We have investigated the crystalline quality of the CrO2 films grown on TiO2~100! and Al2O3(0001) substrates using reflection high-energy electron diffraction ~RHEED!. Figure 1 shows ex situ RHEED patterns obtained with the electron beam aligned along two orthogonal zone axes directions for the two substrates. The diffraction patterns observed for the film grown on TiO2 are sharp and streaky with radial Kikuchi lines indicative of an well-ordered and flat surface. The patterns for the film grown on Al2O3 are also quite sharp, but somewhat spotty indicative of three-dimensional ~3D! growth. We have confirmed that the CrO2^ 010& (b) and ^ 001& (c) axes are aligned with the respective axes of the TiO2 substrate, whereas the film grown on Al2O3 has multiple domains with b axis of CrO2 aligned along three ¯ 0 & directions of the Al2O3. X-ray u –2u equivalents ^ 112

II. EXPERIMENT

Chromium dioxide thin films have been grown on TiO2(100) and Al2O3(0001) single crystal substrates by chemical vapor deposition using CrO3 as a precursor. The deposition reactor consists of a two-zone furnace and a quartz tube, in which the precursor powder is placed in a quartz boat in the source zone and the substrates placed on a susceptor in the reaction zone. Oxygen is used as a carrier gas for the sublimed CrO3 to be transported to the reaction 0021-8979/99/85(8)/5585/3/$15.00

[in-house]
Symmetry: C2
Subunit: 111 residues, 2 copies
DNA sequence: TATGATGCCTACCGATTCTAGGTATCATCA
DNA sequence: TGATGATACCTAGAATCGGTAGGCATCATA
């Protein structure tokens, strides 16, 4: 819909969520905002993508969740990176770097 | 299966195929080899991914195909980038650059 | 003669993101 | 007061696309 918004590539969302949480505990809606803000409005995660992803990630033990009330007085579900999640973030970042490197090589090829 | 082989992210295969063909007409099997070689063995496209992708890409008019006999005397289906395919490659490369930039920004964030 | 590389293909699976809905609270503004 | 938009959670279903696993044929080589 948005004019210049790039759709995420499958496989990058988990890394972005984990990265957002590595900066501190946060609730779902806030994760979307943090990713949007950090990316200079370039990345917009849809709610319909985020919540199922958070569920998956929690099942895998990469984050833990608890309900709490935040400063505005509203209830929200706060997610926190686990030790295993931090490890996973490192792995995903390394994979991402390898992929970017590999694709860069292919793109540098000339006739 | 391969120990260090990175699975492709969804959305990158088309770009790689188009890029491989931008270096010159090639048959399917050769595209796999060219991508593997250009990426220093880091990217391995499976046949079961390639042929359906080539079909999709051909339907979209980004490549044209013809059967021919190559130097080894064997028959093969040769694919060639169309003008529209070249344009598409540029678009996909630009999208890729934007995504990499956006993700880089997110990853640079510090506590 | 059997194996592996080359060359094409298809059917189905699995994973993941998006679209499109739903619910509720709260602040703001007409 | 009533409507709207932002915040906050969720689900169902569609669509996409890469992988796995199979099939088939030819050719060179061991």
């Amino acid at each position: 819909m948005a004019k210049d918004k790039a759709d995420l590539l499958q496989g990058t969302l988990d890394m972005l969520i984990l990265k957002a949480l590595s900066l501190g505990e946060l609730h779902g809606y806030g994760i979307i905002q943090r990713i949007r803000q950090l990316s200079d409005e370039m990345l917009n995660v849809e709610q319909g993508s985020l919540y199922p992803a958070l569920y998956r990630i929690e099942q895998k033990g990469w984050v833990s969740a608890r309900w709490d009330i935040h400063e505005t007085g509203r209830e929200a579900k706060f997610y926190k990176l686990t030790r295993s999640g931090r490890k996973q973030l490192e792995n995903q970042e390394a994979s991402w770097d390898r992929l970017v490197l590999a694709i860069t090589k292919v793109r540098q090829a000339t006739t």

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© 1999 American Institute of Physics

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J. Appl. Phys., Vol. 85, No. 8, 15 April 1999

FIG. 1. Ex situ RHEED patterns of CrO2 thin films on TiO2(100) substrate ~top! and on Al2O3(0001) substrate ~bottom! along two-zone axis directions.

scans show exclusively the even-ordered (h00) CrO2 peaks along with the substrate reflections, with no evidence of Cr2O3 or any other phases. Ion channeling measurements of the film grown on TiO2(100) have confirmed the epitaxial nature of the growth, with a ratio of 1.7% between aligned and random backscattering from 1.0 meV 4He1 ions suggesting a very high degree of structural perfection. Figure 2 displays the magnetic properties for a 6500 Å CrO2 film grown on TiO2(100) substrate along the b-axis and c-axis directions. The film has a Curie temperature (T c ) around 393 K and exhibits magnetic saturation along the easy c-axis direction at a field not much larger than the coercive field (H c ), which is around 15 Oe at 5 K. The b axis

FIG. 2. Magnetic hysteresis loops of a CrO2 thin film grown on TiO2(100) at T55 K along the b-axis and c-axis directions. The top two insets show the low- and high-field range magnetization, respectively. The spontaneous magnetization as a function of temperature is shown as the bottom inset.

Li et al.

FIG. 3. Resistivity of CrO2 films grown on TiO2(100) and Al2O3(0001) substrates. The current direction is along c axis for the CrO2 film on TiO2(100), and in an arbitrary direction for the CrO2 film on Al2O3(0001). The top and bottom insets show the MR for CrO2 films grown on TiO2(100) substrate at 380 and 5 K, respectively.